What can be taken away from Grosjean's brutal accident?
Taking a look at Romain Grosjean's horrific lap one smash
In the opening lap of this afternoon's Bahrain Grand Prix, Haas driver Romain Grosjean suffered a sickening impact into the barrier after turn three. The car split into two and instantly burst into flames as the race was immediately red-flagged. Before I go into any further detail about the incident, please be ensured that Romain is indeed okay, with news just coming out in the last half hour at the time of writing that he will spend a night in the hospital to address the burns on his hands, but Romain himself is indeed fine.
I know we sometimes take the laugh out of Romain for his mishaps behind the wheel of an F1 car, but what happened today was truly frightening. In my twenty-odd years of watching F1, I have never seen a car disintegrate and explode like that and like many of us I am sure, I thought the worse. The relief was indescribable when the cameras showed Grosjean out of the car and away from the accident in relatively okay condition.
Take a look at the accident below, with a warning. It is brutal and viewer discretion is advised.
What is more astonishing is the fact that as later replays showed, as the car split in half upon impact with the barrier, the front half of the car penetrated the Armco barrier, essentially trapping Romain between the barrier. The halo, once again proving it's worth on an F1 car, as it single-handedly stopped the barrier from going anywhere near Grosjean's head or crash helmet, single-handedly saving the French driver from what very much could have been a far worse injury.
As the flames erupted around the cockpit, marshals sprung into action with fire extinguishers, while the medical car, still following the cars from the start of the race, pulled up with doctor and FIA medical delegate Ian Roberts effectively rushing into the blaze itself to pull Grosjean from the car. Grosjean at that point was emerging from the flames like some sort of Hollywood movie, but this was far from a blockbuster epic. This was a proper real-life incident, and if it wasn't for those involved, it would've ended much worse. The people involved today were the real heroes. I honestly could not believe my eyes .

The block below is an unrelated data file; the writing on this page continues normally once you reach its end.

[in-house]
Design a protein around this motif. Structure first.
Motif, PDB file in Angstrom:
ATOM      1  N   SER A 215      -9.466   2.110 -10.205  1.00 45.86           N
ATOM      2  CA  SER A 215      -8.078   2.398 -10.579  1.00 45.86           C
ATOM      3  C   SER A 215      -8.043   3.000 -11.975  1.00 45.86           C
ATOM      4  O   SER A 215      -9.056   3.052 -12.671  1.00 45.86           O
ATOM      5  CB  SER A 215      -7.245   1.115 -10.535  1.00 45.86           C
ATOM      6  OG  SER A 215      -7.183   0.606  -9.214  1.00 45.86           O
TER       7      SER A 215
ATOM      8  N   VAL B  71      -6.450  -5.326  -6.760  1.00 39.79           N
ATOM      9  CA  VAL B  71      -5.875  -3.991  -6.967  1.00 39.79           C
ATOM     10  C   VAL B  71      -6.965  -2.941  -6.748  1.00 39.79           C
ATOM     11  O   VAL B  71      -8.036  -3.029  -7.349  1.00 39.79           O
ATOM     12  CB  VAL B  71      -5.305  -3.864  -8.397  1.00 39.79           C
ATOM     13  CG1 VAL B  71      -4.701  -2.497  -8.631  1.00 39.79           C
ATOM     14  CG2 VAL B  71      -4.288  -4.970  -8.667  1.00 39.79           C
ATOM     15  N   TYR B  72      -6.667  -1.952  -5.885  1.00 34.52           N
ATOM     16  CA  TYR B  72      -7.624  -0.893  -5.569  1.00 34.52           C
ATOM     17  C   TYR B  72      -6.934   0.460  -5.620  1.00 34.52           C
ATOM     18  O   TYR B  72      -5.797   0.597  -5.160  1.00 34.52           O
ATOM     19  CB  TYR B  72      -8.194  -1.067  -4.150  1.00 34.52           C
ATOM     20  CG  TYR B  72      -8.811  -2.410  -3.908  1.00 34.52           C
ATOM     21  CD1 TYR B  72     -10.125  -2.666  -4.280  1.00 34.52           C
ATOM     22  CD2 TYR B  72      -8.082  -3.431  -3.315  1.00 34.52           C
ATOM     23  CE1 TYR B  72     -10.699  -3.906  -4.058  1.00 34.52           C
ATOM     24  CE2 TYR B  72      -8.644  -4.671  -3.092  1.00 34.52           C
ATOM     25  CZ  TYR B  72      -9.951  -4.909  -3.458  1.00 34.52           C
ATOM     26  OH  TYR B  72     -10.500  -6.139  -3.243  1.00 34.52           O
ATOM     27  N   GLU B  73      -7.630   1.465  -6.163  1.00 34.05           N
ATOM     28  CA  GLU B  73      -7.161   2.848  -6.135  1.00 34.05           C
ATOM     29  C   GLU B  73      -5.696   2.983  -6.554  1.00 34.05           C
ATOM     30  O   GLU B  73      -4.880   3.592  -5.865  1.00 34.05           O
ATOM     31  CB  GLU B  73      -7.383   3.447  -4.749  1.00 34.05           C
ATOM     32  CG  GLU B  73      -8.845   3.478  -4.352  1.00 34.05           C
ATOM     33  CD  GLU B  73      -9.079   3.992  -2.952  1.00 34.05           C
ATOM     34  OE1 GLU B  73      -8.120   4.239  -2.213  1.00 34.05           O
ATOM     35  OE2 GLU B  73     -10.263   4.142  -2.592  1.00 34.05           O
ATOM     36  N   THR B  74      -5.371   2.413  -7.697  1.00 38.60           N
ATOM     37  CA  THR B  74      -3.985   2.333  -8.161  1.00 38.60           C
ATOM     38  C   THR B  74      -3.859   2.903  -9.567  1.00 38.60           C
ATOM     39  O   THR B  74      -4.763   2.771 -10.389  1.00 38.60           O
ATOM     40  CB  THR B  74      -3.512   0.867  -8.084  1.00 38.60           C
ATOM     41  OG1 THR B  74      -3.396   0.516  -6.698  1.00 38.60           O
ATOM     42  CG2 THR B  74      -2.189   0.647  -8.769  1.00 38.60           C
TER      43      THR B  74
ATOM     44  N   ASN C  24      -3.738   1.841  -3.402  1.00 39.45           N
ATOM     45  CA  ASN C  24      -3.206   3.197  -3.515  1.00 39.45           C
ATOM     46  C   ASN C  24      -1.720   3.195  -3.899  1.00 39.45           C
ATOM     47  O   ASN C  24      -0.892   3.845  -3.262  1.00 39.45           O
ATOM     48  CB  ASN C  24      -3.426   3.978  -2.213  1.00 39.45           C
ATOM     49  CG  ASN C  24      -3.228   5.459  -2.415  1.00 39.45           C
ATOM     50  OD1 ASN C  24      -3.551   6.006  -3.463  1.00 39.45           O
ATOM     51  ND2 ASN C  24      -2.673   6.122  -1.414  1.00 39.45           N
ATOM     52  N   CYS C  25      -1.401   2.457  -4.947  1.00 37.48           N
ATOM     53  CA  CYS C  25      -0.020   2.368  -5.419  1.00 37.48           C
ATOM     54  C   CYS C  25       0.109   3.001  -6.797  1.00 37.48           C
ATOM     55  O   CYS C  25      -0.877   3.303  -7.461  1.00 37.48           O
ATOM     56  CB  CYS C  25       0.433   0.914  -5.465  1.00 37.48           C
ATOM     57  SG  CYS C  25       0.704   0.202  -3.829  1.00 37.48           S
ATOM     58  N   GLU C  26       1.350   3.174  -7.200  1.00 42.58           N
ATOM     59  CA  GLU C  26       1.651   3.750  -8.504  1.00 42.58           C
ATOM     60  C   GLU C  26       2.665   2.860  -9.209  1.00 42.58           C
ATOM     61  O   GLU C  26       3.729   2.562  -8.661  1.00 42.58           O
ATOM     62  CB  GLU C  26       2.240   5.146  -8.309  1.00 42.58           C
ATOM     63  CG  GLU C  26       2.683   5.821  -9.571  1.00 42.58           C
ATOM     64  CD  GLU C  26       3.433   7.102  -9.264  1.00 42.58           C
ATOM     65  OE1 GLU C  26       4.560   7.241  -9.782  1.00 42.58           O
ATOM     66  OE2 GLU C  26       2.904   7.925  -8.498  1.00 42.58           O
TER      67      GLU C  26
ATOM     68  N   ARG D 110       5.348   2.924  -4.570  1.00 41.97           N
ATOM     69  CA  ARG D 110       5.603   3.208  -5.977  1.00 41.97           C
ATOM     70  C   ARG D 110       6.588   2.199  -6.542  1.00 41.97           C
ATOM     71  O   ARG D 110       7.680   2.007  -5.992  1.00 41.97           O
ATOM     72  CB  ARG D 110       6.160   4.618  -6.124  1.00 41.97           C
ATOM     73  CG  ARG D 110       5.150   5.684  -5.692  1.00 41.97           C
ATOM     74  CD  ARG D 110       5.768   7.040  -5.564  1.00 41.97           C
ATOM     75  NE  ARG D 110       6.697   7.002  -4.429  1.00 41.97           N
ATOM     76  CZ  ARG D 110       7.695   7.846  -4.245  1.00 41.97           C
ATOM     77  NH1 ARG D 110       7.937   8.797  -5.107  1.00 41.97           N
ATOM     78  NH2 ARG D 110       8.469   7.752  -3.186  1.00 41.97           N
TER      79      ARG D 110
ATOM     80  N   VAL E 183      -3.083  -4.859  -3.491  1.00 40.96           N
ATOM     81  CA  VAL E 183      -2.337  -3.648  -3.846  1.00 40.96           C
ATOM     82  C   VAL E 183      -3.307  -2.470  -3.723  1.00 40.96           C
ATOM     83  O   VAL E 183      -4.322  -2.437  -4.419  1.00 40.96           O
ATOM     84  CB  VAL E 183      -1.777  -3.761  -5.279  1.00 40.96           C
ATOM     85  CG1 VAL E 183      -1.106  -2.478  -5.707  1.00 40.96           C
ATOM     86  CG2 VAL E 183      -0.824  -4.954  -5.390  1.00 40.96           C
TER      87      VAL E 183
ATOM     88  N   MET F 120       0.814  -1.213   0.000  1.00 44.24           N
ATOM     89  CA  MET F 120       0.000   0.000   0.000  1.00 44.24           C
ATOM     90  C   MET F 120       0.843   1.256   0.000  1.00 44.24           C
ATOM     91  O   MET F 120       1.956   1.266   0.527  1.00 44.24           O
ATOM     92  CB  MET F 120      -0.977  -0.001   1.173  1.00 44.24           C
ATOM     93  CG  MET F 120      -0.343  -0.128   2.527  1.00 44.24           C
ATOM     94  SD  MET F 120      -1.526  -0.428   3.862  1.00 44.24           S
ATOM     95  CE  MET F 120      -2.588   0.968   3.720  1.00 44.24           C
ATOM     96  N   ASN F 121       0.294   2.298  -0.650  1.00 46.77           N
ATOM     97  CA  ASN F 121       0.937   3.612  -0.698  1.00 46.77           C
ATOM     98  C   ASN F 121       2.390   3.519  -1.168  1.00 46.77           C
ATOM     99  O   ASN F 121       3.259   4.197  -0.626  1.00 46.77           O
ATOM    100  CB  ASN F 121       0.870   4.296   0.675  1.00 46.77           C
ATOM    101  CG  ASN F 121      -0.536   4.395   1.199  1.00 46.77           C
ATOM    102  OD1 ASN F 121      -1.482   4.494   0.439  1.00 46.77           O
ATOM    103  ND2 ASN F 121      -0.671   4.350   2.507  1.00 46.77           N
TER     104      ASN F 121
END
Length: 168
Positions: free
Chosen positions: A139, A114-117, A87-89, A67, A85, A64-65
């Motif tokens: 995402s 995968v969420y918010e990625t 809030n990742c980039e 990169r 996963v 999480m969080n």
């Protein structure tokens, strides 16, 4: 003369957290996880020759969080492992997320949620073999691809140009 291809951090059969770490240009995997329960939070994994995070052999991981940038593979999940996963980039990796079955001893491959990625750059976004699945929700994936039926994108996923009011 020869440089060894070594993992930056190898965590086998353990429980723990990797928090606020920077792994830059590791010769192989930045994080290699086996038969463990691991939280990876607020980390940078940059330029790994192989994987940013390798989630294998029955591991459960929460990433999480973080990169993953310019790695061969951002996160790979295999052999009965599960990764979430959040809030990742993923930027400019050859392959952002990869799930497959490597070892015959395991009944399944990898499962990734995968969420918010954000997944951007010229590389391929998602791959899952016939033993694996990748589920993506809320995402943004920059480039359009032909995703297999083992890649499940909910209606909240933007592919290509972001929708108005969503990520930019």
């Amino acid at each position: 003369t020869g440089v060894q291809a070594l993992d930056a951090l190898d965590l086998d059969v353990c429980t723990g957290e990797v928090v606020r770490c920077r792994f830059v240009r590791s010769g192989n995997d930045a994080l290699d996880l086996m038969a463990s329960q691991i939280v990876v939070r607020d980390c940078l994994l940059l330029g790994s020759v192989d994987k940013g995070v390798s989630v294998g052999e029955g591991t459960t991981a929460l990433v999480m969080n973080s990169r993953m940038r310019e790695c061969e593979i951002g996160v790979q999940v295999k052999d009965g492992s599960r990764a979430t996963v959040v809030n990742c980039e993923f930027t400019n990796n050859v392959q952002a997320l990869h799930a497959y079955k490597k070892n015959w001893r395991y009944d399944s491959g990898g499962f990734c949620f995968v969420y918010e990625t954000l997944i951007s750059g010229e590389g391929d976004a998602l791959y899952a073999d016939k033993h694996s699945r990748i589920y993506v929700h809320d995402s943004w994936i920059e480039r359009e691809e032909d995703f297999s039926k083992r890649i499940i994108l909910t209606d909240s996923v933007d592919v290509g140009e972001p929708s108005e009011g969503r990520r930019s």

Usually, when there is a bad accident in F1 or something goes wrong, I unleash my inner keyboard warrior and shout on here about why it was wrong and how to fix it, but I cannot today. Sure, maybe the FIA can look into why the barrier sheared like that, which it obviously isn't supposed to do, and maybe something can be done with the cars to further protect drivers from fire upon a heavy impact. It's the second time such an incident has happened this year, alongside that bad crash between Luca Ghiotto and Jack Aitken during the F2 sprint race in Sochi last September, and that for me is two accidents too many. However, we got a reminder today just how much work goes into ensuring the safety of drivers, marshals, personnel and indeed spectators today.
It is indeed an utter miracle that Grosjean was able to relatively walk away from such a brutal impact, but the sport of F1 and the FIA should be proud for the lengths it's crossed to see such a mark of safety. We all complained about the halo upon it's introduction to the sport in 2018, myself very much included, but that argument ends here and now. Accidents like this will always show that there is forever improvements that can be made in safety, but is a clear indication that the fight for safety should never stop, as well as showing just how much has been achieved.
I want to of course send my full wishes to Romain and I hope he can join us at some stage for what will be his final two races in F1 before he departs Haas F1 Team at the end of the year. To the medical car crew of Alan Van Der Merwe and Dr. Ian Roberts, the marshals involved every weekend and at Bahrain, everybody who works in F1 to provide these levels of safety a massive thank you to you all. Not all heroes wear capes, and you guys are the foundation as to why we can enjoy such good racing.
I think the lesson here for us all is, regardless if you're at a Grand Prix or your local circuit, always respect the marshals and the safety crew, they are there to ensure the safety of drivers and spectators to the best of their abilities, but motorsport of any kind will always be dangerous. Often these marshals and safety crews can go to extreme lengths in order to protect or help someone and that needs to be recognised. Thank you everyone.